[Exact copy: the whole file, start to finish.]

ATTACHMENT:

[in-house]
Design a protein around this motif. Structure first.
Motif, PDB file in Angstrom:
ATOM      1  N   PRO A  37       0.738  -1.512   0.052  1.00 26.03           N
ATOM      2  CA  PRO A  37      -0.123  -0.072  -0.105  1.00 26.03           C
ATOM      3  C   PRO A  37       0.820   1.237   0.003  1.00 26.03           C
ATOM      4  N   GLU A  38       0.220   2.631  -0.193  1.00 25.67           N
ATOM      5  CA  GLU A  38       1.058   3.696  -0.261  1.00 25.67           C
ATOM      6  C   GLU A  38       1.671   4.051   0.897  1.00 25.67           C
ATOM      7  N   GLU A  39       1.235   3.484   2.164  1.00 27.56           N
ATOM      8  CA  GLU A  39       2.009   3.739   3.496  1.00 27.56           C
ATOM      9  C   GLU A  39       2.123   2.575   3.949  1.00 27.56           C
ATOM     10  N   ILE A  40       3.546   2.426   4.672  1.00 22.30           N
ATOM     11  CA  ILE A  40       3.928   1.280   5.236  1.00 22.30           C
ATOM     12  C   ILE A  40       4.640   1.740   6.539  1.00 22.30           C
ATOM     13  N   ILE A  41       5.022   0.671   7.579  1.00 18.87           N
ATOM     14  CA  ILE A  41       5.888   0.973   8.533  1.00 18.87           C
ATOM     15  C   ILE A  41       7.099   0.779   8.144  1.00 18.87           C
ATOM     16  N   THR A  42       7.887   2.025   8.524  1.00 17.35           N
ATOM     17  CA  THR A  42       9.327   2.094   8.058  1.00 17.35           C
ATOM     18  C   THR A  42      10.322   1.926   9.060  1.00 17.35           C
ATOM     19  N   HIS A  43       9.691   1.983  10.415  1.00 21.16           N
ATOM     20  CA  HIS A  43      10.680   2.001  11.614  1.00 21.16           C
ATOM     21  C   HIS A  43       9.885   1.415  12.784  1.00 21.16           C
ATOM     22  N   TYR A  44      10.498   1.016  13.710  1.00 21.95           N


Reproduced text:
[in-house]
Design a protein around this motif. Structure first.
Motif, PDB file in Angstrom:
ATOM      1  N   PRO A  37       0.738  -1.512   0.052  1.00 26.03           N
ATOM      2  CA  PRO A  37      -0.123  -0.072  -0.105  1.00 26.03           C
ATOM      3  C   PRO A  37       0.820   1.237   0.003  1.00 26.03           C
ATOM      4  N   GLU A  38       0.220   2.631  -0.193  1.00 25.67           N
ATOM      5  CA  GLU A  38       1.058   3.696  -0.261  1.00 25.67           C
ATOM      6  C   GLU A  38       1.671   4.051   0.897  1.00 25.67           C
ATOM      7  N   GLU A  39       1.235   3.484   2.164  1.00 27.56           N
ATOM      8  CA  GLU A  39       2.009   3.739   3.496  1.00 27.56           C
ATOM      9  C   GLU A  39       2.123   2.575   3.949  1.00 27.56           C
ATOM     10  N   ILE A  40       3.546   2.426   4.672  1.00 22.30           N
ATOM     11  CA  ILE A  40       3.928   1.280   5.236  1.00 22.30           C
ATOM     12  C   ILE A  40       4.640   1.740   6.539  1.00 22.30           C
ATOM     13  N   ILE A  41       5.022   0.671   7.579  1.00 18.87           N
ATOM     14  CA  ILE A  41       5.888   0.973   8.533  1.00 18.87           C
ATOM     15  C   ILE A  41       7.099   0.779   8.144  1.00 18.87           C
ATOM     16  N   THR A  42       7.887   2.025   8.524  1.00 17.35           N
ATOM     17  CA  THR A  42       9.327   2.094   8.058  1.00 17.35           C
ATOM     18  C   THR A  42      10.322   1.926   9.060  1.00 17.35           C
ATOM     19  N   HIS A  43       9.691   1.983  10.415  1.00 21.16           N
ATOM     20  CA  HIS A  43      10.680   2.001  11.614  1.00 21.16           C
ATOM     21  C   HIS A  43       9.885   1.415  12.784  1.00 21.16           C
ATOM     22  N   TYR A  44      10.498   1.016  13.710  1.00 21.95           N